Winds of Change: Migrating Web Hosts
Though sometimes it is necessary, moving your website from one web host to another is not always as simple as it might seem, and there are pitfalls to watch out for, especially if you don’t want to lose your customers during your move!
Preparing to move
The first thing to do before you begin your move is obvious but overlooked by many people, and that is to make sure your website is completely backed up and that you have at least one copy of all the files on your computer. You can make copies either through FTP or through your web host’s file manager system.
Make your copies before you inform your web hosting company you plan to move, because some hosts have been known to make life very difficult for customers they are about to lose anyway.
If you’re changing to a new domain name, make sure your internal links are not referencing the old URL.
Upload your website to the new host and test everything to make sure all links work properly. Only when you are sure all is well should you update your DNS records with your domain name registrar so the domain name is pointed at the new host. It takes about a week for the changeover to be complete, as some visitors will continue to access the old site until their name servers have been updated.
Don’t delete the old site or inform your old host you’ve moved for at least a week, because some visitors won’t have access to your new site yet. Also resist the temptation to put a redirect page up on your old site because it will just redirect back to the old site if your visitors’ ISPs have not updated their servers yet.
Redirecting your visitors
If you’re moving your own domain to a new host, you don’t need to redirect your visitors as it will happen automatically. You can cancel your old hosting account after a week or so. Your visitors probably won’t even notice you’ve moved, and neither will the search engines, since they’re still pointing to your domain.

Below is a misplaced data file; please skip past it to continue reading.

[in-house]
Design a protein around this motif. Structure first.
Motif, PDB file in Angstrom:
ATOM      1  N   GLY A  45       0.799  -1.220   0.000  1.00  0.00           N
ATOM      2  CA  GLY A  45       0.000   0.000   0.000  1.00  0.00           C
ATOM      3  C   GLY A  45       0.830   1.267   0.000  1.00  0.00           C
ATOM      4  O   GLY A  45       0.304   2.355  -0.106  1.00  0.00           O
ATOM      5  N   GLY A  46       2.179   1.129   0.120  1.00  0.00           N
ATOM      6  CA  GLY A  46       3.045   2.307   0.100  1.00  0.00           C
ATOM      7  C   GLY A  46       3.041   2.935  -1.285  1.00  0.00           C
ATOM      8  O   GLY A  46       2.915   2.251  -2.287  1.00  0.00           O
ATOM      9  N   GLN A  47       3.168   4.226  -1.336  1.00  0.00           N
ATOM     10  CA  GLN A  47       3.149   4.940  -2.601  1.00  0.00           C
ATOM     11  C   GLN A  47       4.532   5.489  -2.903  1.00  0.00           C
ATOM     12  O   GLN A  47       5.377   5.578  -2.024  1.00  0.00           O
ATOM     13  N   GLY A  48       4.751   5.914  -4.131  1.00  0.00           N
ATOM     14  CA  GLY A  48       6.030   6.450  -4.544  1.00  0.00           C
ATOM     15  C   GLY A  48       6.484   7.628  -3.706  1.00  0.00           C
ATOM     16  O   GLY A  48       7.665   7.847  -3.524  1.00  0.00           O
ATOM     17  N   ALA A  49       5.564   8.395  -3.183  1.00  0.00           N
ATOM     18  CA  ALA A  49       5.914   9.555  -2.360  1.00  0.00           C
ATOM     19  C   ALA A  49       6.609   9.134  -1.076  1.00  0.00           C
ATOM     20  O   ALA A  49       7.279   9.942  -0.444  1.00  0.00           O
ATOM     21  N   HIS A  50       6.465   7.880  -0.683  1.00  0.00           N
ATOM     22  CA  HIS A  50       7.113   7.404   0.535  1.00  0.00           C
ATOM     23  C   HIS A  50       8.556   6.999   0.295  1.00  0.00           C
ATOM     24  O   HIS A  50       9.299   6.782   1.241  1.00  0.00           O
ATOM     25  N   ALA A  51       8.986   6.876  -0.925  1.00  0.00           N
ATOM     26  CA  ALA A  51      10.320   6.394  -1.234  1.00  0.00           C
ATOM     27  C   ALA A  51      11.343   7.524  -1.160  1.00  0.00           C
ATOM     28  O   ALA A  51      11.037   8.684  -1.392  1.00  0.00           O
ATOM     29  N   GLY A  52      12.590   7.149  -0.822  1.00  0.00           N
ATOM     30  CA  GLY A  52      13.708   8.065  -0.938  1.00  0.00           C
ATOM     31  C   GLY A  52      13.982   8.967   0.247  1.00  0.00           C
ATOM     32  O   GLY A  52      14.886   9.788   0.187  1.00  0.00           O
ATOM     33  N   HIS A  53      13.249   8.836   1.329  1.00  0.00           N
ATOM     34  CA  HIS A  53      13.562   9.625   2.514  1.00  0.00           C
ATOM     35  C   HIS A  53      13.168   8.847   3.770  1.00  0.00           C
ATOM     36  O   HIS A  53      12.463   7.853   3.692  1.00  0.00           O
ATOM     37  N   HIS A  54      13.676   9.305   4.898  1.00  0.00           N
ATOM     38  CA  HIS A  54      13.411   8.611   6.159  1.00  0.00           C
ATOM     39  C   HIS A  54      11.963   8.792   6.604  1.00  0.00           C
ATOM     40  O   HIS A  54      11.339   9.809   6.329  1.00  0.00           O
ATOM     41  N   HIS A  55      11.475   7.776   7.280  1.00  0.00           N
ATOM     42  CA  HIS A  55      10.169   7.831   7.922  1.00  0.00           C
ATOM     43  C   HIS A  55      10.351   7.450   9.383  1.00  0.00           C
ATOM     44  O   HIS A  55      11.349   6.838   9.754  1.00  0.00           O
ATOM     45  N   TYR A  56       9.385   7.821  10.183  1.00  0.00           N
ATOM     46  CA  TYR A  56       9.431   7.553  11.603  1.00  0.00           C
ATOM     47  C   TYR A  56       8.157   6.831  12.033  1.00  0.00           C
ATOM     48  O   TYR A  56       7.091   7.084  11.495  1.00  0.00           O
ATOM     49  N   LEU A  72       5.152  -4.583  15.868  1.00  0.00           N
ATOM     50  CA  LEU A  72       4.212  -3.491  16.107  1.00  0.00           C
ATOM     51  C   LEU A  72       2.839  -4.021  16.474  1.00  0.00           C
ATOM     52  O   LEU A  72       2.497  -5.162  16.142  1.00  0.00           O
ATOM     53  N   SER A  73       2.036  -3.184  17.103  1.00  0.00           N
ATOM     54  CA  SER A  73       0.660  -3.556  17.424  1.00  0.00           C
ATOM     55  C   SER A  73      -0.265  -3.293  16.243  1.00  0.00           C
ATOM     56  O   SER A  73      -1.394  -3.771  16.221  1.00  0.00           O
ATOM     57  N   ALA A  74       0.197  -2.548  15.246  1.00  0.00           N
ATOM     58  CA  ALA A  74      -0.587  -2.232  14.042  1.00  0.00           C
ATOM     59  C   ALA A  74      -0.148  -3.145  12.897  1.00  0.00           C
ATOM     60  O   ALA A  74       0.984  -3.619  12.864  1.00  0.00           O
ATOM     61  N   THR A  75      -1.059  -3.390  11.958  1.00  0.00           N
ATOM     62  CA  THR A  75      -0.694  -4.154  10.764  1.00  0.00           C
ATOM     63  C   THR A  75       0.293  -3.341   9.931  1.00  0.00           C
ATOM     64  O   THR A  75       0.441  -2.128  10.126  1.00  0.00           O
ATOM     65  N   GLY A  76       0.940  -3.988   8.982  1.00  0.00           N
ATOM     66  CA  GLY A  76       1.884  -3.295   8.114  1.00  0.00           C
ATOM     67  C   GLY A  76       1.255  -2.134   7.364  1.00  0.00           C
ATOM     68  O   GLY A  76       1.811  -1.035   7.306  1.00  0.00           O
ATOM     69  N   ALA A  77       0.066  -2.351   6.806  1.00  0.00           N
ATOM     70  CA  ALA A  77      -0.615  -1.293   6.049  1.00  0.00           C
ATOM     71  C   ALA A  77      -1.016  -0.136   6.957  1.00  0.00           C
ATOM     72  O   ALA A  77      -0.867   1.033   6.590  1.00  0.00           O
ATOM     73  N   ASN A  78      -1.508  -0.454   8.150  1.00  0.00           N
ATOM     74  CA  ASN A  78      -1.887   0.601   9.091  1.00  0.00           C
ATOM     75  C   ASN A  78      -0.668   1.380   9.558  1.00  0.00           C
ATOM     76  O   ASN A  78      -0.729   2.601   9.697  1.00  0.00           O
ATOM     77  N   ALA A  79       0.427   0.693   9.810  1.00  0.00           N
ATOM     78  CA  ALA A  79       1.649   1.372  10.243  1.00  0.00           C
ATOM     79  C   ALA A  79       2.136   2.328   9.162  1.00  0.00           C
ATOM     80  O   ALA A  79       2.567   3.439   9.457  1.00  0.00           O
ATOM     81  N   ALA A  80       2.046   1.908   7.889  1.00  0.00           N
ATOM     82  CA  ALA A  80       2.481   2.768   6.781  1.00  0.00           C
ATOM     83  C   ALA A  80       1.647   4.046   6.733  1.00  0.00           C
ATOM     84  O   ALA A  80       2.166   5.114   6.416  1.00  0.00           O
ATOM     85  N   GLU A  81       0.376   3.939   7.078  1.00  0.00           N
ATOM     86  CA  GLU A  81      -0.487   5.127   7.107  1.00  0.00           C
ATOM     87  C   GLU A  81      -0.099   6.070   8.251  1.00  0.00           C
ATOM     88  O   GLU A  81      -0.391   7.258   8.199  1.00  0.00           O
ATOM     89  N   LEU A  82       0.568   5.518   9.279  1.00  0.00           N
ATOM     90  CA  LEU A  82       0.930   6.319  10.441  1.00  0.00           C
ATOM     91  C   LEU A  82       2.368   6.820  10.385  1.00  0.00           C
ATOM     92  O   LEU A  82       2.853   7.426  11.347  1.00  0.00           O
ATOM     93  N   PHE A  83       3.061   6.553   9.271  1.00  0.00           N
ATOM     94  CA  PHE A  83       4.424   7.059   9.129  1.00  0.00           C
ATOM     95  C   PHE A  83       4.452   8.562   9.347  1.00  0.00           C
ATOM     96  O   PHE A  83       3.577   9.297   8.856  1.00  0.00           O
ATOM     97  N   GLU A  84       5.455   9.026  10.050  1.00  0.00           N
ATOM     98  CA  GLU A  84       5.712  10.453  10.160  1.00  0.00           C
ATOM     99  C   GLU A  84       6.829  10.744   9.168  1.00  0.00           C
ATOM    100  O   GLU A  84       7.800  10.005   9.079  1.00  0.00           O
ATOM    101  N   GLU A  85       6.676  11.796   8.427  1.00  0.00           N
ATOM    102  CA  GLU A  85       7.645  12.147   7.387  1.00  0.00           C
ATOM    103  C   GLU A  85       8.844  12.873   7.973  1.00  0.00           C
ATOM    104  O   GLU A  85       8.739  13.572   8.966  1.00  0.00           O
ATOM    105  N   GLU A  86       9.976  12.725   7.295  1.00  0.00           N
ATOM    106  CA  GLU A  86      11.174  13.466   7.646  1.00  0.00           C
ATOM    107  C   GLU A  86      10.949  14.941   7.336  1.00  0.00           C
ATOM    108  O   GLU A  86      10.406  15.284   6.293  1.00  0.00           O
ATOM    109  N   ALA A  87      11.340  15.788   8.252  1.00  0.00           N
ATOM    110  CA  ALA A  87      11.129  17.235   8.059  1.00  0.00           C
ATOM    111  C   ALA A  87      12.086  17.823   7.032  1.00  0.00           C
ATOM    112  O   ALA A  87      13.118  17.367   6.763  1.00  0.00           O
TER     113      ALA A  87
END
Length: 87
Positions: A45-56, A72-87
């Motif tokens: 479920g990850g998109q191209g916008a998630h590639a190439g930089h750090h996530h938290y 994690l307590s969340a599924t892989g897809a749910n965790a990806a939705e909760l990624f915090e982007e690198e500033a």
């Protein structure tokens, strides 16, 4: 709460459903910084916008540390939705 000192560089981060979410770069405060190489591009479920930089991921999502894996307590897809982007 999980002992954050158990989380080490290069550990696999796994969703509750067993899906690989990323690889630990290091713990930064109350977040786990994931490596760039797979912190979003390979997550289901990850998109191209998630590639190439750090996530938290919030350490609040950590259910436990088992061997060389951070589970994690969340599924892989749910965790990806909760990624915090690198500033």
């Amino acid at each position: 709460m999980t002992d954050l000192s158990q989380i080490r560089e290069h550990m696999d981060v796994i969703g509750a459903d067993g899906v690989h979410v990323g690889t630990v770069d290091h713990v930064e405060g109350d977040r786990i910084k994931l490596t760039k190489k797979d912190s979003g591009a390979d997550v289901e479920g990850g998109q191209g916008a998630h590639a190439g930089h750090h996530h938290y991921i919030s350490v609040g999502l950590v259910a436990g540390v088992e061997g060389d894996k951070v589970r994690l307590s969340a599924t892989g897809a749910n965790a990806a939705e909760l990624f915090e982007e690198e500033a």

If you’ve changed URLs because your old web host was a free one and you now have a domain name, your visitors will follow the old links to your site and won’t know where you’ve gone. You can put up a redirection link after the week allowed for all the ISPs to be updated, but most people won’t bother to click on it. If you put up an automatic forwarding page the search engines might delete your old URL from their index before your new one has time to get established (up to a month).
A good solution to these problems is to add a .htaccess file to your old site’s web directory if your site supports it. Check their help documents to find out. This file transparently redirects your visitors without them needing to click a link. For every page it would contain a redirection line such as:
If your old host doesn’t support .htaccess, then a redirection page or link is better than nothing.
Updating your listings
If you’ve simply moved an existing domain name, you don’t need to do anything here, but if you’ve moved to a new URL you should update any listings that have your old URL, and submit your new URL to the search engines. Some loss of visitors is inevitable if your URL has changed, but if you follow the advice above, it should be minimal.